October 31, 2014

US Supreme Court stays execution of Missouri inmate Christeson (AUDIO)

The United States Supreme Court has blocked the execution of condemned triple-killer Mark Christeson less than three hours before he was to die.

Mark Christeson (courtesy; Missouri Department of Corrections)

Mark Christeson (courtesy; Missouri Department of Corrections)

Christeson and prison officials got the word shortly before 10 o’clock last night that the court had accepted one of the two appeals before it.   Justice Samuel Alito had previously rejected a challenge to the drug protocol used in executions.  Similar appeals have gone nowhere in the past.

Critics of the way Christeson’s attorneys have handled the case say the attorneys missed a deadline for seeking federal review by almost four months and did not even meet with Christeson for the first time until one month after the deadline.

The appeals do not dispute his conviction for murdering a Vichy-area woman, her son and her daughter, and throwing their bodies into a central Missouri farm pond in 1998. They focus on the failure of his attorneys to file for federal review of the convictions and sentences. The challenge, filed by three St. Louis University law professors and supported by a number of former state and federal appeals court judges say the continued presence of the two attorneys as representatives of Christeson is a conflict of interest.

Some recent executions in Missouri were delayed for a matter of hours by a court stay but were carried out before the execution warrant from the state Supreme Court expired.  Corrections Department spokesman Mike O’Connell says that won’t be the case this time.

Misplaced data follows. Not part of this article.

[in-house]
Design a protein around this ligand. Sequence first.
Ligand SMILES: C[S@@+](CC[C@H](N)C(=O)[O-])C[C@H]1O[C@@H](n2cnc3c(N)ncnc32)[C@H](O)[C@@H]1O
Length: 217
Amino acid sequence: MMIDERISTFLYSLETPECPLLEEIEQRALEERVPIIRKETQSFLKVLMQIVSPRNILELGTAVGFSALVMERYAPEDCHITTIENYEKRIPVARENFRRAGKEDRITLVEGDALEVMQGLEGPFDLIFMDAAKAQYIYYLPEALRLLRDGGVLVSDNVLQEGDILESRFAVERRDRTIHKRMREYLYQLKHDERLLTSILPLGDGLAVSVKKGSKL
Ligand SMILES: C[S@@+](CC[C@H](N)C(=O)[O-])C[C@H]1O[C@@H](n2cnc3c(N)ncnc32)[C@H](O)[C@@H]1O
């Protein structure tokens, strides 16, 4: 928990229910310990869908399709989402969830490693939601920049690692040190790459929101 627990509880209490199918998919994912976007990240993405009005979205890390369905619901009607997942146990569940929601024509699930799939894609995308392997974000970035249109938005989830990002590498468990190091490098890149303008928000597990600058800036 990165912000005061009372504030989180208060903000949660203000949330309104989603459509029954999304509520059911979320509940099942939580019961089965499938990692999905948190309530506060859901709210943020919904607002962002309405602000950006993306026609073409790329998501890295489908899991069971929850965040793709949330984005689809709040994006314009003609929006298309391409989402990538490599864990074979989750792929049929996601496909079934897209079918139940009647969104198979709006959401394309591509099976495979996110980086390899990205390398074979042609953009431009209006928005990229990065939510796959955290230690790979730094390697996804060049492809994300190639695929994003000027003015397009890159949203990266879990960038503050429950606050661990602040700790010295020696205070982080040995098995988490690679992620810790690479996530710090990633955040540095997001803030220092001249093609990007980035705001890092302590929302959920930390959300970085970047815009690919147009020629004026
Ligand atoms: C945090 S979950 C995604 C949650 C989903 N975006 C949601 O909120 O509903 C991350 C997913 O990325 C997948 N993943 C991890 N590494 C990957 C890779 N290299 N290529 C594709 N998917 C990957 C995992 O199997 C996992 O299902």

“This is not something that was going to be cleared up in the next 24 hours, and so we would break down for the night,” O’Connell tells Missourinet.  “Everybody go home, and we’ll wait.  This is something that will have to be taken up in court.”

Once the execution warrant is allowed to expire at midnight tonight, the state Supreme Court would have to issue a new one for Christeson’s execution to be carried out.  The Court normally allows inmates and their lawyers thirty days to make final appeals after such a warrant is issued before the execution is carried out.

The U. S. court appears divided on the issue. Justices Alito, Thomas, and Scalia favored refusing to consider whether Christeson’s lawyers, as critics put it, “blew the case.”  The court has not said when it will further take up the matter.

Missouri’s next scheduled execution is that of Leonard Taylor, set for November 19, for the 1994 murder of a man working at a gas station that he robbed.

AUDIO: O’Connell interview 2:53

 

New group seeks clemency for 14 women in Missouri prisons

A new group is asking Governor Jay Nixon to grant clemency to 14 women in state prison. It says most of them were victims of domestic violence that contributed to their crimes and all have received disproportionate sentences, in some cases far harsher than those given to men convicted of the same crimes.

Former Missouri Court of Appeals Judge James R. Dowd (at the podium) is part of the newly-formed Community Coalition for Clemency. (photo courtesy; Emily Truscott, MCADSV)